I’ve always been good at re-gifting unwanted presents, even in my childhood. There was a time in the 80s when boxes of Black Magic chocolates, panettone and bottles of cheap vermouth were re-gifted so many times among my Greek relatives and friends they took to marking each one surreptitiously with an X so they could see whether they ended up getting the same gift they'd already given someone else, sometimes years later.
Some would say re-gifting is a terrible, ungrateful thing to do, but I’ve always felt that it’s better to give to someone who will use and enjoy a gift rather than have it sitting at the back of my bedroom cupboard for years, until I take it to the op shop where it may or may not end up in landfill. And this was before I understood the ongoing implications to our environment and local economies.
Re-gifting is easier to do when the gift is obviously bought in haste and doesn’t have much thought or consideration put into it. It’s harder when your mother-in-law gives you a bed linen set worth $500, in a shade of puce (with elaborate gold embroidery) you can’t ever, ever learn to love.
We're afraid of appearing selfish and inconsiderate. We’re afraid of feeling shunned and ashamed. We’re afraid of being found out. Why?
Our culture tells us to feel guilty about not appreciating presents. So we keep them. We're afraid of appearing selfish and inconsiderate. We’re afraid of being found out. Why? I’ve never been found out myself, but when I was a kid I watched one of my cousins throw a tantrum because my mother gave him a huge bundle of new and old books for Christmas, one of which his family had given us. Feeling guilty about re-gifting this is an outdated notion, perhaps nominally true before the rise of mass-produced plastic goods, before fast fashion, before everything and anything could be bought cheaply and unthinkingly online at the click of a button.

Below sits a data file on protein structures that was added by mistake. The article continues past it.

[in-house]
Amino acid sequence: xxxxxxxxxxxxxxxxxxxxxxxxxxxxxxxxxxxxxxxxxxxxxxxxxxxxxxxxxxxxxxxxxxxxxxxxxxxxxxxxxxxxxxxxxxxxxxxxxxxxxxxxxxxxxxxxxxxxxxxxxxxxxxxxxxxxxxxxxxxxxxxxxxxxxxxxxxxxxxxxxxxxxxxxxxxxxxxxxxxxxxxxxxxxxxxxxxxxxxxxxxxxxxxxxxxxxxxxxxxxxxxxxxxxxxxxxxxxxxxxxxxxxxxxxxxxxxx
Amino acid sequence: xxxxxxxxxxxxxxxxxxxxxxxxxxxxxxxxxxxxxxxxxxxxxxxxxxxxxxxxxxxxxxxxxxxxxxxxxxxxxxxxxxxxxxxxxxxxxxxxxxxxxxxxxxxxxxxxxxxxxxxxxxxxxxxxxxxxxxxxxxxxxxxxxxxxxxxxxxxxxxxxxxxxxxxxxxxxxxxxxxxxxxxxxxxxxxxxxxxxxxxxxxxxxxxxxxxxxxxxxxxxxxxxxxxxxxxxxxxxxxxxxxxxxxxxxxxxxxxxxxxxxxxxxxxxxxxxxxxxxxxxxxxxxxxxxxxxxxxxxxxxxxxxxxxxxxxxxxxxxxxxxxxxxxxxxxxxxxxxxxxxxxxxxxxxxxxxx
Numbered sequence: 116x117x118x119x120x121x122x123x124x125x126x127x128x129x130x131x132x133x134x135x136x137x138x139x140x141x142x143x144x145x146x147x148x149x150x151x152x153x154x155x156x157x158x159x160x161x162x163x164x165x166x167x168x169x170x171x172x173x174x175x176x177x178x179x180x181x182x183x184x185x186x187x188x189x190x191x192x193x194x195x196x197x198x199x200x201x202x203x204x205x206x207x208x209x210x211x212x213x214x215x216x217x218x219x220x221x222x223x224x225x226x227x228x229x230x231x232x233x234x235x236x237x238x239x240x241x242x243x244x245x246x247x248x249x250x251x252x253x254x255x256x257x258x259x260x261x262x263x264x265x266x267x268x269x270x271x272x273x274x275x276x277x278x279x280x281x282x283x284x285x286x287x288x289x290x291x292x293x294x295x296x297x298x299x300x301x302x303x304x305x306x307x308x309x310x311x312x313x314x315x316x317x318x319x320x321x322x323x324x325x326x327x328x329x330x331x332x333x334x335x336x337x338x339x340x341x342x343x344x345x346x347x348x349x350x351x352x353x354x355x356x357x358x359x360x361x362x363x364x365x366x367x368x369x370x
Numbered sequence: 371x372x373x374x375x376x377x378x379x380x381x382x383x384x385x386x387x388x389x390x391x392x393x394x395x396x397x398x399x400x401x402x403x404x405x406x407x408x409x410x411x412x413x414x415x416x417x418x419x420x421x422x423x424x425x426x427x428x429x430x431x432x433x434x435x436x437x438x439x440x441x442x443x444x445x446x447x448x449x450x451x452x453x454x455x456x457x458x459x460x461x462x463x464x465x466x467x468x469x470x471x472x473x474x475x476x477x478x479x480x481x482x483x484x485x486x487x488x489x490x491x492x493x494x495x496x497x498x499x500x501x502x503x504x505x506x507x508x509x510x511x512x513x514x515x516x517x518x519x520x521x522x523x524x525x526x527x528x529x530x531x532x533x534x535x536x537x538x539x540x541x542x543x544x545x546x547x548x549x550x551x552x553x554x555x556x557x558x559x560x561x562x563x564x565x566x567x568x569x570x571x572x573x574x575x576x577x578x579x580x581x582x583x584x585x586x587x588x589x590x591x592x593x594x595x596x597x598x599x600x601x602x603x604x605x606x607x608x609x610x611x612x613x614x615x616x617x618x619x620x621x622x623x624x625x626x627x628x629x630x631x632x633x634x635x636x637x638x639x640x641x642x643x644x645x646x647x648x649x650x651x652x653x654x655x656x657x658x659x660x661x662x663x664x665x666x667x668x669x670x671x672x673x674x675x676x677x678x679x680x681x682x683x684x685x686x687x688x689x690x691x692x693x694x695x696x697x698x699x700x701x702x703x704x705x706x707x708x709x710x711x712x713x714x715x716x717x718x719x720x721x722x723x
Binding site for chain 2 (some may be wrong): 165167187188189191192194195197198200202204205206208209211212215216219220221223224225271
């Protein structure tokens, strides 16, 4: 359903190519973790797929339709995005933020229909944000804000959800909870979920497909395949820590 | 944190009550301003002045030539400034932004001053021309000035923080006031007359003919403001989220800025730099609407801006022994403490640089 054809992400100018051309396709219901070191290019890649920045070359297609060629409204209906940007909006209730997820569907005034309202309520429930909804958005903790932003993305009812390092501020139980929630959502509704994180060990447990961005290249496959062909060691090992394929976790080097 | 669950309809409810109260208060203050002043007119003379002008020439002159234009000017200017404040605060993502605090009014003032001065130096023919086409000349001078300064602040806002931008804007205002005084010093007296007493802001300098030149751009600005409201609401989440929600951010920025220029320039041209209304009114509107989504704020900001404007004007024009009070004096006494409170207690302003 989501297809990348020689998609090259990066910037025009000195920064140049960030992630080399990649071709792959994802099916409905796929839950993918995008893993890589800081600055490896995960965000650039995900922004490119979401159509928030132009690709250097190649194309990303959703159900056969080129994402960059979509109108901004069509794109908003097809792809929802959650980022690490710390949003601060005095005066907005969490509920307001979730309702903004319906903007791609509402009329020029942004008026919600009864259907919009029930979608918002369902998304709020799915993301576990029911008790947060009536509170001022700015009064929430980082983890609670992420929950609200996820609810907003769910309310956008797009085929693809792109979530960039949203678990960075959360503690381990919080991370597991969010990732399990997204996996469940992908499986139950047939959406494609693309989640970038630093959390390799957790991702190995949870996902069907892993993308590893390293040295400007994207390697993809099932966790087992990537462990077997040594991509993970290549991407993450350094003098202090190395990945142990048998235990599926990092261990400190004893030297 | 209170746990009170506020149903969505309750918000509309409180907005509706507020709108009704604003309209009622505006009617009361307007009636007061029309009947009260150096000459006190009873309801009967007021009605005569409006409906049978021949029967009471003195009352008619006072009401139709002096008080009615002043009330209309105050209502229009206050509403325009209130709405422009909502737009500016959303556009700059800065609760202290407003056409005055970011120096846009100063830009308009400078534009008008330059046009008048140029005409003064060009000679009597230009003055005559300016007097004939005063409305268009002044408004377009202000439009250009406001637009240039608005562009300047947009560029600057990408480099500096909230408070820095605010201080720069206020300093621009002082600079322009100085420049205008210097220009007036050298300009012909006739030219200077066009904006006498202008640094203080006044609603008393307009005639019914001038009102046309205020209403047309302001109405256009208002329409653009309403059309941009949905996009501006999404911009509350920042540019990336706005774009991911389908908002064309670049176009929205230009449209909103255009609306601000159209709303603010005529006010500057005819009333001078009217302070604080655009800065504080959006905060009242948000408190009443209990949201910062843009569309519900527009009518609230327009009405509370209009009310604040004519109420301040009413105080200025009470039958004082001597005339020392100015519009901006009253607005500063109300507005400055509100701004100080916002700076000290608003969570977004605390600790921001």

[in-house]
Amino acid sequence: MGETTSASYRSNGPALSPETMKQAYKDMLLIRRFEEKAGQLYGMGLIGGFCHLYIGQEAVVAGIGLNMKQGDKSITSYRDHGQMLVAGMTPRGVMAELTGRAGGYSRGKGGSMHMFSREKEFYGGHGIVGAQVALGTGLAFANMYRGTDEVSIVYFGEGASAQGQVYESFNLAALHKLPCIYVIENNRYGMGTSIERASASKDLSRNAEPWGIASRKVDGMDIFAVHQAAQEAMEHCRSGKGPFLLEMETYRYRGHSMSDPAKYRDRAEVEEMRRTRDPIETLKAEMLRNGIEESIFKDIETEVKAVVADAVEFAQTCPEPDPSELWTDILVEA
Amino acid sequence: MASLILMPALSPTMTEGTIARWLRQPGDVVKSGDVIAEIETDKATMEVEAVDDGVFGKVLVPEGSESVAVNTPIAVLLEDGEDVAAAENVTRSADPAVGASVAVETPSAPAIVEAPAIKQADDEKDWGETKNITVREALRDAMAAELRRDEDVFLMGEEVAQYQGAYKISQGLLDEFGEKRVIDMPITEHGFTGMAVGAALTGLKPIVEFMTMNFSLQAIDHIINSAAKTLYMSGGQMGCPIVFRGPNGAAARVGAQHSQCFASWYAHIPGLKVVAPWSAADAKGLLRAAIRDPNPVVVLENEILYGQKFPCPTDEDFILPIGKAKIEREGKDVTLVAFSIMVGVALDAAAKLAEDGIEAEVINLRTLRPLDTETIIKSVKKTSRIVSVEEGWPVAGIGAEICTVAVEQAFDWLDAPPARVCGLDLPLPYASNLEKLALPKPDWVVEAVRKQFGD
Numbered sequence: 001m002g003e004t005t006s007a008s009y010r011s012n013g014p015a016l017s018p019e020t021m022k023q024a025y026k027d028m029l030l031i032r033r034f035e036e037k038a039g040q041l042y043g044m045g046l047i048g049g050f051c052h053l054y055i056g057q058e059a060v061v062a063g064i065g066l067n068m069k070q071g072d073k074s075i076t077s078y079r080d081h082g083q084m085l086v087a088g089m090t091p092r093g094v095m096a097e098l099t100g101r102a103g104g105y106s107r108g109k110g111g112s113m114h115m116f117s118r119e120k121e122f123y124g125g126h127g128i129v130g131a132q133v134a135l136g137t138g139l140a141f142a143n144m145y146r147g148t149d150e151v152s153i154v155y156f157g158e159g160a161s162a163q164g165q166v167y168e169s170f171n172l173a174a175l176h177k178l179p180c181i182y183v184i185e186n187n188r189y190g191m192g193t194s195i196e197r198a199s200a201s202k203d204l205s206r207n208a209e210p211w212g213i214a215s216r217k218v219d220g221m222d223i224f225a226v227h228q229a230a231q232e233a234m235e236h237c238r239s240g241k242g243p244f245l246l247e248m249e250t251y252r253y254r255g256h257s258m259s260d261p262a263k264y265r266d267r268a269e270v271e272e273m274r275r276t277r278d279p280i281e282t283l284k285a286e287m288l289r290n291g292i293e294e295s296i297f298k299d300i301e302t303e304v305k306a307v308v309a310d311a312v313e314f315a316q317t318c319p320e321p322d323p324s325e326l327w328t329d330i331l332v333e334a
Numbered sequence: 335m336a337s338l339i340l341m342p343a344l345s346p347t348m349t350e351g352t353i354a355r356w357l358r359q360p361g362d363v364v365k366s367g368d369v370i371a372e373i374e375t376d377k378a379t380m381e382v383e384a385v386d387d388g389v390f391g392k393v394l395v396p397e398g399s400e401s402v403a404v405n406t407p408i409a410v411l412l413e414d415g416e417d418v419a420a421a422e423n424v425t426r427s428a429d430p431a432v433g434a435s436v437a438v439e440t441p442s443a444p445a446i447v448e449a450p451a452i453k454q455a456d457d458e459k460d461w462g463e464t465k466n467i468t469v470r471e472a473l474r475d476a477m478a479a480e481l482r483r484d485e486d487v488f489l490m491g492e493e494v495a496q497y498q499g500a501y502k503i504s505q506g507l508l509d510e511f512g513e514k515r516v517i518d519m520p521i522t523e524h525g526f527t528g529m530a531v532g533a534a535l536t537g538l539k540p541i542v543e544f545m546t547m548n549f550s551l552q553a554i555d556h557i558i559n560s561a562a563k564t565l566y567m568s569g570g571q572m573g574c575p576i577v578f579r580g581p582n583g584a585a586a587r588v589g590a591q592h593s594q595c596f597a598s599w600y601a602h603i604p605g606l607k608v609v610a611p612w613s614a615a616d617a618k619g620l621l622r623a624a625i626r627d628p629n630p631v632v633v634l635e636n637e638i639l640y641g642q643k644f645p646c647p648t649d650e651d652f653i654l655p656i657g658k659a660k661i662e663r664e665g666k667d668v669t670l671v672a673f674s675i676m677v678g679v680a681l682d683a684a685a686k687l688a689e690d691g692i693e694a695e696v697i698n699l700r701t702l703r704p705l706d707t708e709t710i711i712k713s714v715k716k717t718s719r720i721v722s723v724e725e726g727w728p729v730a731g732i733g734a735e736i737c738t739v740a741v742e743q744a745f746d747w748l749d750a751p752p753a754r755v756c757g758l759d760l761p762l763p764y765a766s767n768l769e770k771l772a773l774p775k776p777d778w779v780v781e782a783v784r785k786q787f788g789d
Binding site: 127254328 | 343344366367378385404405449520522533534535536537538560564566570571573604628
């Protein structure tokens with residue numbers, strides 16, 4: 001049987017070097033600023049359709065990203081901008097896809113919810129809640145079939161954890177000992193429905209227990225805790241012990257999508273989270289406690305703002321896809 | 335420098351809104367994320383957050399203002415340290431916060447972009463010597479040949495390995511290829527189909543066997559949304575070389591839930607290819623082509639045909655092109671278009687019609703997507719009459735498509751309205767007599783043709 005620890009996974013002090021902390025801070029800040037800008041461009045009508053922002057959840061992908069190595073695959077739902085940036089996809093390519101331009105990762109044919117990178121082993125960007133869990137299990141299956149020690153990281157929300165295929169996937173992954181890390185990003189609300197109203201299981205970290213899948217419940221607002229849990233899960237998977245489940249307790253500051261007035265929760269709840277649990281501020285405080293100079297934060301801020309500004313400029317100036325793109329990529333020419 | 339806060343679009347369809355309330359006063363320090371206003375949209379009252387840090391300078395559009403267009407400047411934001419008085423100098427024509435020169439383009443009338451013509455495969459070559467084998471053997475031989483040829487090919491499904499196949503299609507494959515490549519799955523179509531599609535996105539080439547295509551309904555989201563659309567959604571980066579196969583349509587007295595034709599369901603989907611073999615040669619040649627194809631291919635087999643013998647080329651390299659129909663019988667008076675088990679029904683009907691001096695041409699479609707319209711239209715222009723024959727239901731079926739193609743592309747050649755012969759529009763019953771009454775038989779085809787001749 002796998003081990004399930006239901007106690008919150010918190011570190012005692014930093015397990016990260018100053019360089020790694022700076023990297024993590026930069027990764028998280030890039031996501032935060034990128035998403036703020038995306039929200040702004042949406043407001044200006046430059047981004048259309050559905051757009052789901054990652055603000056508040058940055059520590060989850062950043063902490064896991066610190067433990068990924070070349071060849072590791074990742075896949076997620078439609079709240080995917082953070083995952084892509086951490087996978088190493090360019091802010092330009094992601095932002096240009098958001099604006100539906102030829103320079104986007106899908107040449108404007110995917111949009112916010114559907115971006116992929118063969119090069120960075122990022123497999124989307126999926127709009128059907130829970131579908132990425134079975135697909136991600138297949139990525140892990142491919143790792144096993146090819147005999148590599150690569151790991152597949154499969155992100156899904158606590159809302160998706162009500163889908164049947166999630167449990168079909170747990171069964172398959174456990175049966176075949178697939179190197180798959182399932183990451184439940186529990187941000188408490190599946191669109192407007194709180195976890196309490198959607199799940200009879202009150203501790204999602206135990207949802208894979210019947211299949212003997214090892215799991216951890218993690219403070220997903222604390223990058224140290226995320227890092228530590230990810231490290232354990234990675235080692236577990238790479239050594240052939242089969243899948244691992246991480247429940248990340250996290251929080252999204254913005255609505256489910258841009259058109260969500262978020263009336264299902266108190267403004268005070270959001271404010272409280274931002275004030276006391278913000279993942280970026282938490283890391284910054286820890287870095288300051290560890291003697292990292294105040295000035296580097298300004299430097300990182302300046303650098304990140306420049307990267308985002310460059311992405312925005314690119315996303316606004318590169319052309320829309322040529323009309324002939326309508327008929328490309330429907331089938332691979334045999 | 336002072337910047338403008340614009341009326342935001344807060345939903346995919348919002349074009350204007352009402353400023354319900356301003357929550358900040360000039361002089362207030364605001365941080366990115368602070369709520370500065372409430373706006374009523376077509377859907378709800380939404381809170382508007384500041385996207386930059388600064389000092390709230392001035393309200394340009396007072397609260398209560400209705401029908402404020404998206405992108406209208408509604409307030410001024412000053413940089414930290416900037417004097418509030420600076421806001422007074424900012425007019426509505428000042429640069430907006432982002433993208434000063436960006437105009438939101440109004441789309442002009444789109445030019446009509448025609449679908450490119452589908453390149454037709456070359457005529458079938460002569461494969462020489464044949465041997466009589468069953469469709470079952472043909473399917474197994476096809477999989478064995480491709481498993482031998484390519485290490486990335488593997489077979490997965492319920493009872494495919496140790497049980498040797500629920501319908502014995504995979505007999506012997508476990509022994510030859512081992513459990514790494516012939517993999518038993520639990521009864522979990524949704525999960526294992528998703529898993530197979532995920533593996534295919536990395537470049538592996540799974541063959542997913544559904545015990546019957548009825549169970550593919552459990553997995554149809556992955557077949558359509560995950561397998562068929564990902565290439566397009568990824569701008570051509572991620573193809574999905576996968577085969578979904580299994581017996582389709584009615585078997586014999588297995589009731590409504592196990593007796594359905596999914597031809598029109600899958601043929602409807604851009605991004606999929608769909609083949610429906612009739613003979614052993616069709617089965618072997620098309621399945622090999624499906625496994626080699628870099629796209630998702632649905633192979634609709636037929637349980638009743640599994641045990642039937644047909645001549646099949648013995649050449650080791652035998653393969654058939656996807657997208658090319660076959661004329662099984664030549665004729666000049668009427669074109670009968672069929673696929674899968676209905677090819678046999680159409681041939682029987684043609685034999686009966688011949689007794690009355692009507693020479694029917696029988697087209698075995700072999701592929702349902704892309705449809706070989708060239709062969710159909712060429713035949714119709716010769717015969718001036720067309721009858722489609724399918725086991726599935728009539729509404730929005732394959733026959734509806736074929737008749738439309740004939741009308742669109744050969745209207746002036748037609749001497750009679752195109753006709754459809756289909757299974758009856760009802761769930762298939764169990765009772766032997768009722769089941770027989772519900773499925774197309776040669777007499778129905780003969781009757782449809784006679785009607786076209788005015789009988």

Re-gifting can be one of the most environmentally responsible things you can do. In 2018, 400 million dollars was spent on 10 million unwanted Christmas gifts that ended up in landfill by the following year, as well as the waste of single-use plastics in packaging, decorations and wrapping paper.
Re-gifting saves money, which is obvious. It also saves the water, resource extraction and energy inputs that go into manufacturing an item and thus reduces your personal carbon footprint. If you’re squeamish about re-gifting to people you know, join your local Buy Nothing or local community groups and offer unwanted gifts on there. Or create a post-Christmas gathering among your friends.
Make sure the book you re-gift doesn’t have a loving inscription written on the first page with your name on it and check if there’s a heartfelt note tucked into the novelty T-shirt you hate.
There is one thing I’ve learned from the merry-go-round of chocolates and Cinzano in my extended Greek family. Try not to re-gift in the same social circle - you don’t want to give someone the same present they gave you two years ago. Make sure the book you re-gift doesn’t have a loving inscription written on the first page with your name on it and check if there’s a heartfelt note tucked into the novelty T-shirt you hate. Avoid re-gifting monogrammed pieces. Importantly, re-gifting isn’t just an easy way to get rid of something you don’t like. Re-gift with the recipients' personal tastes and preferences in mind. Is it something you would actually spend money on for that particular person?
For me, re-gifting is the solution to a world bent on giving mindlessly. Now, my friends and family see no shame in passing it on if we’re not going to make use of a well-intentioned present. We also buy second-hand for each other, as well as pickling, jamming, baking and celebrating the hand-made and unique offerings of our own time, talents and energy.
Katerina Cosgrove is a writer. You can follow Katerina on Twitter @katcosgrove.